It’s also a good idea to check out Reach Higher, the state system adult degree completion program. Reach Higher offers flexible class options and enrollment periods at eight of Oklahoma’s public regional universities and 14 public community colleges and technical branches. Depending on your career goal and the number of college credit hours you’ve already earned, you can choose an associate degree in enterprise development or a bachelor’s degree in organizational leadership, and many campuses are in the process of adding other degree options. 

    “You are never too old to set another goal or to dream a new dream.” ~ C.S. Lewis

  5. I’ve been seeing advertisements for HELOCs at my bank. What is a HELOC and how can it be used?

    Answer: A HELOC stands for home equity line of credit. Most banks, credit unions or mortgage lenders offer this product to allow customers to borrow up to 85 percent of their home’s assessed value, minus what is owed on the mortgage(s). Compared to a home equity loan, through which you borrow a lump sum representing a portion of the home’s value, a HELOC allows you to make smaller withdrawals against the balance over a set period of time. Below are some things to consider before opting for a HELOC.

    • A HELOC is a revolving loan. Similar to a credit card, a HELOC can be repaid and then borrowed again. It’s important to research options to find the product that will best meet your needs and craft a budget and repayment plan to avoid getting into a cycle of debt.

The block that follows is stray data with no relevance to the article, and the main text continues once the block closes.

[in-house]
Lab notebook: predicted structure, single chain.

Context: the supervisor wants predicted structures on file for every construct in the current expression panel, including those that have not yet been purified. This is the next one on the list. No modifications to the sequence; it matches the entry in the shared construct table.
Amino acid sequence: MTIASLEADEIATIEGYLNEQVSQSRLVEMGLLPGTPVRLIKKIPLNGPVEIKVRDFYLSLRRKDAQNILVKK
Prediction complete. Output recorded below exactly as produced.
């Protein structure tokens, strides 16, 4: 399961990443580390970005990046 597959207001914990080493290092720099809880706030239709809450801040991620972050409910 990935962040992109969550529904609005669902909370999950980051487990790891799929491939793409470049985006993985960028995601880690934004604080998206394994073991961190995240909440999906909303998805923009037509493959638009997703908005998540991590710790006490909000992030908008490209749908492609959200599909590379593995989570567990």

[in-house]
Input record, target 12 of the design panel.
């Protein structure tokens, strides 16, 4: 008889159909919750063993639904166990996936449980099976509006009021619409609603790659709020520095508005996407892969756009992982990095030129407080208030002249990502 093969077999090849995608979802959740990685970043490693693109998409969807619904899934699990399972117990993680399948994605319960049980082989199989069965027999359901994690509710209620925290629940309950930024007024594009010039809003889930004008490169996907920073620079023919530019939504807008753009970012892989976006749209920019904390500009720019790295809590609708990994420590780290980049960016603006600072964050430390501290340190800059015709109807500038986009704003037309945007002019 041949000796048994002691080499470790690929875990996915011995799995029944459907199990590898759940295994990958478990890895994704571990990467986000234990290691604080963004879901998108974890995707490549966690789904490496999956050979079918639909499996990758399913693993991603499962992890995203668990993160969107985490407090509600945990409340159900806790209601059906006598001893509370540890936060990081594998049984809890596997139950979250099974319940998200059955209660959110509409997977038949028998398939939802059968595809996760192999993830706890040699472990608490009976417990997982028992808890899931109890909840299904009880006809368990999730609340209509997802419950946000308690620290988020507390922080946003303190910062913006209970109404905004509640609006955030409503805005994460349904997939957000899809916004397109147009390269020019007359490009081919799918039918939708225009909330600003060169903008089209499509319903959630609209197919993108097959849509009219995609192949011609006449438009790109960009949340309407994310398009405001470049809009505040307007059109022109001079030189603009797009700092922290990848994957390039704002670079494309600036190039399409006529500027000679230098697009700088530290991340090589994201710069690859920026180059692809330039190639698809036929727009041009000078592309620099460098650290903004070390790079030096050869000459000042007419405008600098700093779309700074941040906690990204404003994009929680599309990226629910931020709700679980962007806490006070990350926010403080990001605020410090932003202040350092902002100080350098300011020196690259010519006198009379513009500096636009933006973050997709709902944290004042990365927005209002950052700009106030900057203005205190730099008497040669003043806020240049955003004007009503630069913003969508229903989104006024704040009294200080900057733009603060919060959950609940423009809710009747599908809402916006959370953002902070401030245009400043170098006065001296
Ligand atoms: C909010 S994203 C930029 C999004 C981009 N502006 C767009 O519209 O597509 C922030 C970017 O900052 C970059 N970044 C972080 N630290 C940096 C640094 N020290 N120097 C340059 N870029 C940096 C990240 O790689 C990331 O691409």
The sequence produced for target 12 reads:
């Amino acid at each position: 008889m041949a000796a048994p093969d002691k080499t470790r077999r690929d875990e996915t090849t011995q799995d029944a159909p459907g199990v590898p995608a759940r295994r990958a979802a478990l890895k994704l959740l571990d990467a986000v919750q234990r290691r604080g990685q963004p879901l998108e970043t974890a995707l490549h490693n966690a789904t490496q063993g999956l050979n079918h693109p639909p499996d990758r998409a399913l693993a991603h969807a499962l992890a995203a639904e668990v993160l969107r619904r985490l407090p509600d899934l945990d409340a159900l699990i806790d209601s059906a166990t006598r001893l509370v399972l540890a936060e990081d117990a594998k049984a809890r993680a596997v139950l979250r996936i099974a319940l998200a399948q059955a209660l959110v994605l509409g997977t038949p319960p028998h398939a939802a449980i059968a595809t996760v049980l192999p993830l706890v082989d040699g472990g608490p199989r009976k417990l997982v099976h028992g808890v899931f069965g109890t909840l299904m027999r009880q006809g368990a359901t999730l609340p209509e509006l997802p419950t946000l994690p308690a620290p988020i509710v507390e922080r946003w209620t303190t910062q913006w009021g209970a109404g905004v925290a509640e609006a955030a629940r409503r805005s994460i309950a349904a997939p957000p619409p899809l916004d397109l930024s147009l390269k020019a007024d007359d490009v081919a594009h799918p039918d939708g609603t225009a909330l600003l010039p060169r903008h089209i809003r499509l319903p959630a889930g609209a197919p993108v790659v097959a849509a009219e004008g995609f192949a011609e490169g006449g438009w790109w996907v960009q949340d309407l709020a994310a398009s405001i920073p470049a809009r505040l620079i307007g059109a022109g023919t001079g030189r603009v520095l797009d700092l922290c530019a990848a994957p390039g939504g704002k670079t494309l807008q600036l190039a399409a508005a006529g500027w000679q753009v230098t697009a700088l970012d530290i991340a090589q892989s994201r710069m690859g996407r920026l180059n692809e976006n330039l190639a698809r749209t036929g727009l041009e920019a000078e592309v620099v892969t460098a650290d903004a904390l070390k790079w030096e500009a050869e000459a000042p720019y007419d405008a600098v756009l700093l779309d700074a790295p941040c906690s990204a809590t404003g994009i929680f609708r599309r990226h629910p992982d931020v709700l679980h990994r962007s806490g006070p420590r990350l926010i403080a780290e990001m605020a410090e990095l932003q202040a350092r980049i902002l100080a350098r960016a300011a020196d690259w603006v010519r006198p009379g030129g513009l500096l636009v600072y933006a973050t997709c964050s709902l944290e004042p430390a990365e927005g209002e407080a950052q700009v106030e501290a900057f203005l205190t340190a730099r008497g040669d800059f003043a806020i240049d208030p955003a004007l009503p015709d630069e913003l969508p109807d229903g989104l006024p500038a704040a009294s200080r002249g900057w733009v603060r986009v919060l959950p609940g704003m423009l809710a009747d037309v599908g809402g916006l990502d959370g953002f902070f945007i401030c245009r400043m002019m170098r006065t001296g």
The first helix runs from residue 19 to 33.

• A HELOC is a secured loan. Taking out a secured loan means that you’re pledging collateral that can be repossessed by the lending institution if you default on the loan. Since a HELOC is based on the equity in your home, you risk losing your house if you don’t uphold your end of the loan agreement.
    • A HELOC’s interest rates vary. While interest rates on a home equity loan are fixed, HELOC rates are adjustable, rising and falling with the economy. This means your payments may begin low, but can vary from month to month and may result in a balloon payment at the end of the loan.

    Only you can determine if a HELOC is a wise financial option for your situation. Some people use a HELOC to consolidate debt or remodel their home. Others use a HELOC to pay for their child’s college tuition, cover emergency expenses or fund retirement. Using your home as collateral to fund these types of costs can be risky, so evaluate all your options and visit with a certified financial adviser to ensure you’re using the best financial tools available to you. 

    “Money is multiplied in practical value depending on the number of W’s you control in your life: what you do, when you do it, where you do it, and with whom you do it.” ~Timothy Ferriss

    You may also want to review the CSQuest article Help for Your Financial Wellness for how to manage and budget your money, and to take your own Financial Wellness Assessment to see how you compare with other Americans.

    Aristotle stated that “Money is a guarantee that we may have what we want in the future. Though we need nothing at the moment it insures the possibility of satisfying a new desire when it arises.”

    But as Roy T. Bennett, author of The Light in the Heart, articulated there are at least 15 Top Things Money Can’t Buy:

    • Time
    • Happiness
    • Inner Peace
    • Integrity
    • Love
    • Character
    • Manners
    • Health
    • Respect
    • Morals
    • Trust
    • Patience
    • Class
    • Common Sense
    • Dignity

    Remember to make time for all these things that money can’t buy.